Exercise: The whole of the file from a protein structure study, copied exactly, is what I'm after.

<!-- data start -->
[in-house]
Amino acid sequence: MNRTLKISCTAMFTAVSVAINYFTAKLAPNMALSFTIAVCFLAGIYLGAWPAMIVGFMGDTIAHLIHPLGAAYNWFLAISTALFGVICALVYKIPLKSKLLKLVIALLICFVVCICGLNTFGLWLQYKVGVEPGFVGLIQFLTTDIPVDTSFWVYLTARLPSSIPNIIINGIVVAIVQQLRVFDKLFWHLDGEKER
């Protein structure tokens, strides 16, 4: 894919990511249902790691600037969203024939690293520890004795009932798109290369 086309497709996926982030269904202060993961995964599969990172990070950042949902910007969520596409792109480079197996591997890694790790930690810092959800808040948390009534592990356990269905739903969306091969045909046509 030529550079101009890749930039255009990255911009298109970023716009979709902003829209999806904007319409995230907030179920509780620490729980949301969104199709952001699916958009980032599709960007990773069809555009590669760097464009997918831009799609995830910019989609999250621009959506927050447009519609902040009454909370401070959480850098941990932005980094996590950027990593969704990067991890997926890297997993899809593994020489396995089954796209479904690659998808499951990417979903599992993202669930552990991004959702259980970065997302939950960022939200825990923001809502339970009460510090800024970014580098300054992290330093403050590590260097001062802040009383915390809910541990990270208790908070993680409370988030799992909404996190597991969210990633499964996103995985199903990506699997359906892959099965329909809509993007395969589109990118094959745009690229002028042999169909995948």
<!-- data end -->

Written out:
[in-house]
Amino acid sequence: MNRTLKISCTAMFTAVSVAINYFTAKLAPNMALSFTIAVCFLAGIYLGAWPAMIVGFMGDTIAHLIHPLGAAYNWFLAISTALFGVICALVYKIPLKSKLLKLVIALLICFVVCICGLNTFGLWLQYKVGVEPGFVGLIQFLTTDIPVDTSFWVYLTARLPSSIPNIIINGIVVAIVQQLRVFDKLFWHLDGEKER
């Protein structure tokens, strides 16, 4: 894919990511249902790691600037969203024939690293520890004795009932798109290369 086309497709996926982030269904202060993961995964599969990172990070950042949902910007969520596409792109480079197996591997890694790790930690810092959800808040948390009534592990356990269905739903969306091969045909046509 030529550079101009890749930039255009990255911009298109970023716009979709902003829209999806904007319409995230907030179920509780620490729980949301969104199709952001699916958009980032599709960007990773069809555009590669760097464009997918831009799609995830910019989609999250621009959506927050447009519609902040009454909370401070959480850098941990932005980094996590950027990593969704990067991890997926890297997993899809593994020489396995089954796209479904690659998808499951990417979903599992993202669930552990991004959702259980970065997302939950960022939200825990923001809502339970009460510090800024970014580098300054992290330093403050590590260097001062802040009383915390809910541990990270208790908070993680409370988030799992909404996190597991969210990633499964996103995985199903990506699997359906892959099965329909809509993007395969589109990118094959745009690229002028042999169909995948």